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Managing change on the Korean peninsula

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  • Managing change on the Korean peninsula
  • Abramowitz, Morton I.; Laney, James T.; Green, Michael J.
  • Council on Foreign Relations Press


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Title Managing change on the Korean peninsula
Similar Titles
Material Type Reports
Author(English)

Abramowitz, Morton I.; Laney, James T.; Green, Michael J.

Publisher

[Washington, DC]:Council on Foreign Relations Press

Date 1998-06
Series Title; No Task Force Report / 17
ISBN 0876092334
Pages 40
Subject Country United States(Americas)
North Korea(Asia and Pacific)
South Korea(Asia and Pacific)
Language English
File Type Link
Subject Government and Law < National security
Holding Council on Foreign Relations Press

Abstract

The Korean peninsula remains one of the most heavily armed and dangerous places in the world. Despite its deteriorating economy, North Korea retains a standing army of over one million men and an enormous arsenal of artillery and missiles, most of them as close to Seoul, the South Korean capital, as Dulles Airport is to downtown Washington, DC. In 1994, the United States and North Korea almost went to war over the North’s nuclear program. Since then, Washington and Seoul have attempted to cap North Korea’s nuclear ambitions through the Agreed Framework, but the threat from the North remains.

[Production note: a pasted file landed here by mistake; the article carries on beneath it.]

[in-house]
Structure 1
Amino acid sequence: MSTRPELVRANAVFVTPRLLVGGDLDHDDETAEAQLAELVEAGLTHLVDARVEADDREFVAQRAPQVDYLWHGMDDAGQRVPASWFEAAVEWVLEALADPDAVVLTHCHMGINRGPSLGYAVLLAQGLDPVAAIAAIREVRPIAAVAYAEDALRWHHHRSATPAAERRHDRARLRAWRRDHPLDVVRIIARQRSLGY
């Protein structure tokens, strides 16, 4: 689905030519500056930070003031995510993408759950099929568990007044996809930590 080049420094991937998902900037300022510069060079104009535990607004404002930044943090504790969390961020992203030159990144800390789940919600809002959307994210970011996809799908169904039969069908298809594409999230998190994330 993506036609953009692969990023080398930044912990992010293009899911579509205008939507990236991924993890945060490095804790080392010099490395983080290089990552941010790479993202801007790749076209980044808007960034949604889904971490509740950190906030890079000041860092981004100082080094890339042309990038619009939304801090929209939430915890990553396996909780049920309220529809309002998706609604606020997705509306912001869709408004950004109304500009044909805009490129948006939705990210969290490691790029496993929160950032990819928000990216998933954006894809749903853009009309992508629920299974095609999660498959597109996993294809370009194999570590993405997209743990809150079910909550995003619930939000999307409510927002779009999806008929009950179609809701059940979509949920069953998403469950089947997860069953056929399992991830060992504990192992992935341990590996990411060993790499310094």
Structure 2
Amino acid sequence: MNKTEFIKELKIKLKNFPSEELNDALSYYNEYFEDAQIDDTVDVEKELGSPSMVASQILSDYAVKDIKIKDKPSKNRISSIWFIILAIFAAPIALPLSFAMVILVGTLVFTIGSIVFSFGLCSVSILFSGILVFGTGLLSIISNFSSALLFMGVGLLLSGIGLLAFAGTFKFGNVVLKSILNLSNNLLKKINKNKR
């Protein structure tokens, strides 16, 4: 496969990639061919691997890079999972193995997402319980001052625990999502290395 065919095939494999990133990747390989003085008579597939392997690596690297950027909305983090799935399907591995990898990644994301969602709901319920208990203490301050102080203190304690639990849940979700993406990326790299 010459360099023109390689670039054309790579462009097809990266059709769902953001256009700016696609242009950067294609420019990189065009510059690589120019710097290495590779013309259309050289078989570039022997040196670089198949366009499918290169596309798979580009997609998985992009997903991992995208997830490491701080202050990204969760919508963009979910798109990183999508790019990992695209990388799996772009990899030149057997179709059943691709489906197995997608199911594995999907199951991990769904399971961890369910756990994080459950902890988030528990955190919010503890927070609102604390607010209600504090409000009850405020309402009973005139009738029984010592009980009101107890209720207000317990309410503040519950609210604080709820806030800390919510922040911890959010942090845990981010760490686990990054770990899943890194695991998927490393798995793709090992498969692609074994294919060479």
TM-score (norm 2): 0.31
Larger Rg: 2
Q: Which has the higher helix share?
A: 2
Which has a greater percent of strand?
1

According to Managing Change on the Korean Peninsula, U.S. policy has not moved far enough to reduce the underlying threat from the North and to encourage North-South reconciliation. Noting that the new Republic of Korea (ROK) government has taken steps to open North Korea to broader contacts with the outside world while asserting that it will brook no military aggression from the North, this Task Force recommends a parallel and supportive approach for U.S. policy. It should be premised on robust deterrence, close U.S.-ROK cooperation, and an acknowledgement that the United States does not seek a takeover of the North by the South or the North’s destruction.
At the same time, the Task Force recommends that the policy should expand contact with the North, join with Seoul in offering a larger package of reciprocal moves that might induce the North to make significant changes in its policies, and deny any assistance to the North if Pyongyang rejects the opportunity for threat reduction and reconciliation. The Task Force argues that, despite the difficulties in dealing with North Korea, this approach can, at a minimum, enhance stability on the peninsula and establish the groundwork for positive change.